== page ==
We finally did a blower-door test done on our old (early 19th c.) house yesterday, and the results were quite a revelation. I figured I knew where the air leaks were: the perimeter of the stone foundation, the joints of the lousy replacement sash, the poorly weatherstripped doors. And, sure enough, when our energy auditors fired up the fan and depressurized the house, the foundation did leak like mad; when I turned the knob on the cellar door, the door practical flew open. The surprise was where else air was leaking in.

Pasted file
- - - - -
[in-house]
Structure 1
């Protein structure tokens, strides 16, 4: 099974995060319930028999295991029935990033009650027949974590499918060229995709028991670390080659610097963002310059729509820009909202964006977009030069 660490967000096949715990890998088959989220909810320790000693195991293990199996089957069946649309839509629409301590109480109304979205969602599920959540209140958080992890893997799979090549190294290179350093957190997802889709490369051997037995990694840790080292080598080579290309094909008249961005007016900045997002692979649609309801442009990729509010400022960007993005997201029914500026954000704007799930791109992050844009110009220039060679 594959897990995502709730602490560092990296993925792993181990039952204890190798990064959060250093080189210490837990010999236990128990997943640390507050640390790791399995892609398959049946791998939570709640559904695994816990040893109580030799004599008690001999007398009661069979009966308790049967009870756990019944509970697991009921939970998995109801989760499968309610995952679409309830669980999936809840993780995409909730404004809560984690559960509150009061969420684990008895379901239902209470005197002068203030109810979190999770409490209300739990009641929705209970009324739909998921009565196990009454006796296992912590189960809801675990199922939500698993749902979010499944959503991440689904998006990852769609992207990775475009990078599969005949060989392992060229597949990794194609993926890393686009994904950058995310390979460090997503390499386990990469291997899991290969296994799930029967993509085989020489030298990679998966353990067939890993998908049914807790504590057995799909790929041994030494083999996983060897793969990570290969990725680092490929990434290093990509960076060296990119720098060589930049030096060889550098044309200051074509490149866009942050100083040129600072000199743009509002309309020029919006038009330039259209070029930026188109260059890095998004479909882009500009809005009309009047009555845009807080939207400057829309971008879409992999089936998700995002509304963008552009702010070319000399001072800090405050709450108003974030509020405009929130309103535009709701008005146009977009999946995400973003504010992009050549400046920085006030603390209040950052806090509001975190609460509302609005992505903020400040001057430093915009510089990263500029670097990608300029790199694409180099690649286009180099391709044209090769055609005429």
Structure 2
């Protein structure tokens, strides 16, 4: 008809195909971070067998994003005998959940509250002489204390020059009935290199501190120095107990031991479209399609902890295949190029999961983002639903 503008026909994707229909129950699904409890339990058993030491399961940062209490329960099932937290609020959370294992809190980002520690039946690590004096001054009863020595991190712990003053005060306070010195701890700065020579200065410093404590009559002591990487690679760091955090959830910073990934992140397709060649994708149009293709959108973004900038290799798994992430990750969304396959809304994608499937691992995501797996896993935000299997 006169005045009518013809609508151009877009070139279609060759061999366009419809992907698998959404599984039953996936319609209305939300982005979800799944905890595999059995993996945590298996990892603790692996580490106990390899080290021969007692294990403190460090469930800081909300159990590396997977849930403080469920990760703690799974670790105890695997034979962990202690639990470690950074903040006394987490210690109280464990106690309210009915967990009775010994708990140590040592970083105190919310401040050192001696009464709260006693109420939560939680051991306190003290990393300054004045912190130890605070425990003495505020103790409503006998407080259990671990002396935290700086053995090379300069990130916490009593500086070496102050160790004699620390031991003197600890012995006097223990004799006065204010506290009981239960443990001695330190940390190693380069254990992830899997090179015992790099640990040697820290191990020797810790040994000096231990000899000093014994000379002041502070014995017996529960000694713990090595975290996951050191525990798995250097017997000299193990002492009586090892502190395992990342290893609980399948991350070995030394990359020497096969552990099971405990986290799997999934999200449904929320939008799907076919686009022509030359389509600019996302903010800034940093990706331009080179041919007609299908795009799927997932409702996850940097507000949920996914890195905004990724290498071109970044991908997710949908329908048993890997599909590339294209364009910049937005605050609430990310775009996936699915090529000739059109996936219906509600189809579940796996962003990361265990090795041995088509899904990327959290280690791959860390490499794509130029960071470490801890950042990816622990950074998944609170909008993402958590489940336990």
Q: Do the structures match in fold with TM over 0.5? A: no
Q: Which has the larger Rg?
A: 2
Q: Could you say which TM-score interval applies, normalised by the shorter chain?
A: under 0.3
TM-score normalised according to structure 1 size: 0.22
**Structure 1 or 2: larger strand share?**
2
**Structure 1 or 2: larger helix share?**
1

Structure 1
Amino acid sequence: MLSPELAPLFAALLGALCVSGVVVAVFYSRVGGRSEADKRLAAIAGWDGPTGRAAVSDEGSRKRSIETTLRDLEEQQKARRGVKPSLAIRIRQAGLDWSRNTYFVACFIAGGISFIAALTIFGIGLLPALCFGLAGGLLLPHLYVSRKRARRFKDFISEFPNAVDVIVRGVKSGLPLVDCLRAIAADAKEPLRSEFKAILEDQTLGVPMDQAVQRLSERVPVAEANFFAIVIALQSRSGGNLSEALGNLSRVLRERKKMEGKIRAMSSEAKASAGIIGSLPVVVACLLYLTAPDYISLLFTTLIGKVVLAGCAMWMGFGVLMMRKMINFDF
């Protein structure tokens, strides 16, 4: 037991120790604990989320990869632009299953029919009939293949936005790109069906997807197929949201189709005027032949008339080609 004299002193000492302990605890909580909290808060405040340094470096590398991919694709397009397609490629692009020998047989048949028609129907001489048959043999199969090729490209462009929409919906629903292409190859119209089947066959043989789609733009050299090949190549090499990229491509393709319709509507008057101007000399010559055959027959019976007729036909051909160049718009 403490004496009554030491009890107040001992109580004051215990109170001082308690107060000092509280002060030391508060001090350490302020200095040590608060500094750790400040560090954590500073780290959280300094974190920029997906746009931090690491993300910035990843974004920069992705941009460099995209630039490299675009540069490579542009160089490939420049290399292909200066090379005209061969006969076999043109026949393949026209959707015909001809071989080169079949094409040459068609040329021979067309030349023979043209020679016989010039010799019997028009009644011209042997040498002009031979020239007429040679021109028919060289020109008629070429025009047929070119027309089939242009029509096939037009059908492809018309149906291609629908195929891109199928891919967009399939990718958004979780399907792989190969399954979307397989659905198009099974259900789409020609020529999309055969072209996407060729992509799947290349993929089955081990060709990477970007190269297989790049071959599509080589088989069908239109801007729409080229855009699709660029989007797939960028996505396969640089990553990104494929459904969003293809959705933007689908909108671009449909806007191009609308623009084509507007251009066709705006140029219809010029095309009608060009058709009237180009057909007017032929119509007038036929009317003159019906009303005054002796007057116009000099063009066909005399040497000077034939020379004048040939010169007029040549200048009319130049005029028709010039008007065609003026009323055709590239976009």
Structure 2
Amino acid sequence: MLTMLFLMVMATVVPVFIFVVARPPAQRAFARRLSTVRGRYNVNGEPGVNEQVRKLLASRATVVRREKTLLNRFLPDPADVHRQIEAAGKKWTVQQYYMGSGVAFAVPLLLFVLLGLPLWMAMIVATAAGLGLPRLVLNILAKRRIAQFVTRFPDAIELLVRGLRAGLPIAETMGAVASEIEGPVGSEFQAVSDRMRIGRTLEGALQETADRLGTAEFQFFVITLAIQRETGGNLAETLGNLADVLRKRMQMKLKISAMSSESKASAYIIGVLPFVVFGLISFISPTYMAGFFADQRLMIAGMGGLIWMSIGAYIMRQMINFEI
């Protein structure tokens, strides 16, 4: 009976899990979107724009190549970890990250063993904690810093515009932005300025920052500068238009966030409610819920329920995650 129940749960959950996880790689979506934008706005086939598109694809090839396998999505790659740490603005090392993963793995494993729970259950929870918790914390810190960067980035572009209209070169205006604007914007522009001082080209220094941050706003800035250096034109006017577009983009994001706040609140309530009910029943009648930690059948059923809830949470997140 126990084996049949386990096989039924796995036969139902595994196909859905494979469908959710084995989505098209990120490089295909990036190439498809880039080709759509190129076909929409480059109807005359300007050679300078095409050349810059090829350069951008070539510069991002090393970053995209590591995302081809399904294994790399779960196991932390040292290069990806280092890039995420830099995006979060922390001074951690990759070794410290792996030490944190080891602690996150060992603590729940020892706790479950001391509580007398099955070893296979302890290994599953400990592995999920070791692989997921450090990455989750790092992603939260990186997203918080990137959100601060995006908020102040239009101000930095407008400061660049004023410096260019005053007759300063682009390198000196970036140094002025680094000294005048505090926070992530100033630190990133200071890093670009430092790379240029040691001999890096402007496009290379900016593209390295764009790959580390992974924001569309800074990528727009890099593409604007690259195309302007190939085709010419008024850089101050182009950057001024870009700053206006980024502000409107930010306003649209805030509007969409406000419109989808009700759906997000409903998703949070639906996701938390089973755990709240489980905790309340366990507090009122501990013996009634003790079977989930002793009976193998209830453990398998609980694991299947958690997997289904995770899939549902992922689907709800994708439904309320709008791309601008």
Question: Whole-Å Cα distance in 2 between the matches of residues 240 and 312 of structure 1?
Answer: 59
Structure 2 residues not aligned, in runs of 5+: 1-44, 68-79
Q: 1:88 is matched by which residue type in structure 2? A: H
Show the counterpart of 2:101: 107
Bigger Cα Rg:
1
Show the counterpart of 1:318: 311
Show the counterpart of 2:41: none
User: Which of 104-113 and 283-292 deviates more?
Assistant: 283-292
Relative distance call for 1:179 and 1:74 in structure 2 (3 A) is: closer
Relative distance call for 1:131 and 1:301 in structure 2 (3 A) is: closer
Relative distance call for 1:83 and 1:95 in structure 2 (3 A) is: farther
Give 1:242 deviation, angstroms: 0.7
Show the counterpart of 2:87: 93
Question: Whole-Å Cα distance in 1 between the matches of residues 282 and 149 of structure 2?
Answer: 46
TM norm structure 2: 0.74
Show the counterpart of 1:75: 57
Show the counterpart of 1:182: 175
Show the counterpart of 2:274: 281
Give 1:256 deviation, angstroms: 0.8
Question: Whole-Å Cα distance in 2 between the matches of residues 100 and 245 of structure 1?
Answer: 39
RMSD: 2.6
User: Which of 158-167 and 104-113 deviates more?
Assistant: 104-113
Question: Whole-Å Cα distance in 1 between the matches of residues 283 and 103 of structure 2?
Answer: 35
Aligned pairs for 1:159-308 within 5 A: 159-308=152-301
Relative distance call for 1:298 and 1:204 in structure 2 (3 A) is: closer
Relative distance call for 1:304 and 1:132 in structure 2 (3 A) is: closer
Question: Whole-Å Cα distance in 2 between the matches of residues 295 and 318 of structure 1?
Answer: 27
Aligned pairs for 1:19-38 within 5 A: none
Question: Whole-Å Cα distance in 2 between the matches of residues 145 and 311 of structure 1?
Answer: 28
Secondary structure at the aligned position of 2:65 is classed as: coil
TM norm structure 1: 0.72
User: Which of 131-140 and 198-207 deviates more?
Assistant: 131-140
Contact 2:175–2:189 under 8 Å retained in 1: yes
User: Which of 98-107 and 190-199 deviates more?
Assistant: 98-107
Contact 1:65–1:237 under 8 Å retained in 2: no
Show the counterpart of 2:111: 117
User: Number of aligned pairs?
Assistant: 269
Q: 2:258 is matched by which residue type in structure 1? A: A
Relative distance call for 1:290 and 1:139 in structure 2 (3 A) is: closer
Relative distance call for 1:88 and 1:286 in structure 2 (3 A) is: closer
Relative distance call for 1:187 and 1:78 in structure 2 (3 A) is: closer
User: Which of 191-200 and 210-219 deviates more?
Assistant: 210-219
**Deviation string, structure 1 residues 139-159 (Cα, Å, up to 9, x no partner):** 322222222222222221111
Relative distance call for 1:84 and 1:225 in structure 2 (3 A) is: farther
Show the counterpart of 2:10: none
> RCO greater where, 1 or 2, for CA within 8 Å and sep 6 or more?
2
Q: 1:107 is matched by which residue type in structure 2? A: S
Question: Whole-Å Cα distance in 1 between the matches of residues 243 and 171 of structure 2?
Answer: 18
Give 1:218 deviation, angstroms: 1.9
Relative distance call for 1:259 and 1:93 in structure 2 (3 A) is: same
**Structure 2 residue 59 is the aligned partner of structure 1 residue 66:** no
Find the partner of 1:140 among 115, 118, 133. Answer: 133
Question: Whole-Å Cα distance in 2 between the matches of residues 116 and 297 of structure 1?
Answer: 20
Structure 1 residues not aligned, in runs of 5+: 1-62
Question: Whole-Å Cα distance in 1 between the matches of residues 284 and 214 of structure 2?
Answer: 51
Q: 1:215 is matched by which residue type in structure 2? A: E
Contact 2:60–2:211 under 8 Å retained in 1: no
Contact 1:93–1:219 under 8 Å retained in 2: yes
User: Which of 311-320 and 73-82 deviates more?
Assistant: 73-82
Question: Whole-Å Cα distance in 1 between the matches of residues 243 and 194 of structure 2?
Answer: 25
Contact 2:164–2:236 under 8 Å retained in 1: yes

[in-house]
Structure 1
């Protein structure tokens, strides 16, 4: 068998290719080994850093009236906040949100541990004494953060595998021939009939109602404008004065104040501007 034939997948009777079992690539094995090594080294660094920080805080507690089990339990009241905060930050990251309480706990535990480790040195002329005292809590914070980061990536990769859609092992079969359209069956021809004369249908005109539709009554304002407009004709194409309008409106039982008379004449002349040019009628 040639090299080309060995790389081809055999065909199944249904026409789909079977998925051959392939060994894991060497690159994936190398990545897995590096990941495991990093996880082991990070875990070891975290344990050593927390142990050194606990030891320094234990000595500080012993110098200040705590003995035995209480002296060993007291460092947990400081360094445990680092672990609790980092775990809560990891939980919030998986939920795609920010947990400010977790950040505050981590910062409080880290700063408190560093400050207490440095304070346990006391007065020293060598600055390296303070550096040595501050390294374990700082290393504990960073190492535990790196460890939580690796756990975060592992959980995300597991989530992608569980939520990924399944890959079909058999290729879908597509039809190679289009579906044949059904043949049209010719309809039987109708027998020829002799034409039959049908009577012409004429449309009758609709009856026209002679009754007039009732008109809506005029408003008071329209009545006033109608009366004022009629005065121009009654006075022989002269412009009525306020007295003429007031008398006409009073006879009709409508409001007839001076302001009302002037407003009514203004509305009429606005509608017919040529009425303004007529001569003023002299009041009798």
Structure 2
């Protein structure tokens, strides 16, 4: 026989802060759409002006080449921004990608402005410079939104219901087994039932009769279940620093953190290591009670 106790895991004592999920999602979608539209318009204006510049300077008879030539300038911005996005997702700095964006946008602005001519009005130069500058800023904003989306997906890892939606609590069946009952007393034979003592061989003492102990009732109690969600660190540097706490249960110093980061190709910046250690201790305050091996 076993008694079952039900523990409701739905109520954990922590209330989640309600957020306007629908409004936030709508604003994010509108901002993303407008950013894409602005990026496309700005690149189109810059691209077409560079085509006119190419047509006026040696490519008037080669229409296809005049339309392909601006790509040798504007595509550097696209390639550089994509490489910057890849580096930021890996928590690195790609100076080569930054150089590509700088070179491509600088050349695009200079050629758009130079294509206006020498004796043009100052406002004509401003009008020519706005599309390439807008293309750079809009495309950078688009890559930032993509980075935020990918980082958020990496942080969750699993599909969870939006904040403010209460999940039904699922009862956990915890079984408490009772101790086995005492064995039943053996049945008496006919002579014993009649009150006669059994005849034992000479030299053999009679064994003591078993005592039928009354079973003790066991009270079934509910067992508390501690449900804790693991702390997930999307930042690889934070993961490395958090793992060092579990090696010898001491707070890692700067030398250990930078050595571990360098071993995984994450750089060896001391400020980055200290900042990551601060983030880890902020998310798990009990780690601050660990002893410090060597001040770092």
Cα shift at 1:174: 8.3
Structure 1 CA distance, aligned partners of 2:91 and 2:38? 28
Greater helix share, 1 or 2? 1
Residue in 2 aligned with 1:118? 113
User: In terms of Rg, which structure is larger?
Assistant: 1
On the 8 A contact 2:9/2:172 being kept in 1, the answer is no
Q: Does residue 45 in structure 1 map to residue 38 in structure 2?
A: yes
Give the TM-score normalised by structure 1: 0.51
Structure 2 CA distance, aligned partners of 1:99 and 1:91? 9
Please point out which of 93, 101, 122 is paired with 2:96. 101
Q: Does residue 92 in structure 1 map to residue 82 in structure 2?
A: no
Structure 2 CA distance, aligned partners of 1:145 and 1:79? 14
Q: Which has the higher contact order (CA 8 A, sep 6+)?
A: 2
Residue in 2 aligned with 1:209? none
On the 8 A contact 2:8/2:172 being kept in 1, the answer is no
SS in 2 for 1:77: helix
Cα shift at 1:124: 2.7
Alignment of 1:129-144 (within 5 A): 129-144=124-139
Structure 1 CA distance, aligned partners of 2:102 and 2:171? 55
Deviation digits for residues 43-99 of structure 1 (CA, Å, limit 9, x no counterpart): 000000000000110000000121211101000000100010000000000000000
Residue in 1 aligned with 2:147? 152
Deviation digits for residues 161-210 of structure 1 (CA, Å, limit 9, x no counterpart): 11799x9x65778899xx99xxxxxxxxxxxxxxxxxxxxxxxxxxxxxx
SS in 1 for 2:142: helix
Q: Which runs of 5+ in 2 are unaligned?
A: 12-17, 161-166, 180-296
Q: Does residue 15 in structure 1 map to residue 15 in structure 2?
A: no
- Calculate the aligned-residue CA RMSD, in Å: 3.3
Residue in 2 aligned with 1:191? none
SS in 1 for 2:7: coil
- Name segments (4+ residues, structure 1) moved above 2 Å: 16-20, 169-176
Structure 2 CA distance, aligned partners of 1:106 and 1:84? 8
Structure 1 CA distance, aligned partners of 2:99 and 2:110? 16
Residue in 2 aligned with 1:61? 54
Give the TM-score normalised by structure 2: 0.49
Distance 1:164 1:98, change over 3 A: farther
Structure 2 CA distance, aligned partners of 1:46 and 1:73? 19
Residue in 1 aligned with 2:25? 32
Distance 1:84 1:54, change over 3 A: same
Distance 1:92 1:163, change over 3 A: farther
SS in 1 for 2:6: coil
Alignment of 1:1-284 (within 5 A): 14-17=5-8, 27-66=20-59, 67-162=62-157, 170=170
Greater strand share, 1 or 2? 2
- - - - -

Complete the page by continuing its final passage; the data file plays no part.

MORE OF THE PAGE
Gaps in the floor five feet away from an exterior wall, innocent-looking baseboards on interior partitions, light-switch boxes on interior walls--some of the last places I would suspect are among the bigger gaps in our building envelope, because they serve as outlets for circuitous air channels hidden in the structure of the house. The stack effect sucks cold air through gaps in the foundation into the cellar; an open chase at the chimney carries it up to the attic; positive pressure up there forces it down through an open top plate into a partition wall and out the electrical box. Fascinating. And now we’re going to make it all stop! --b.d.s.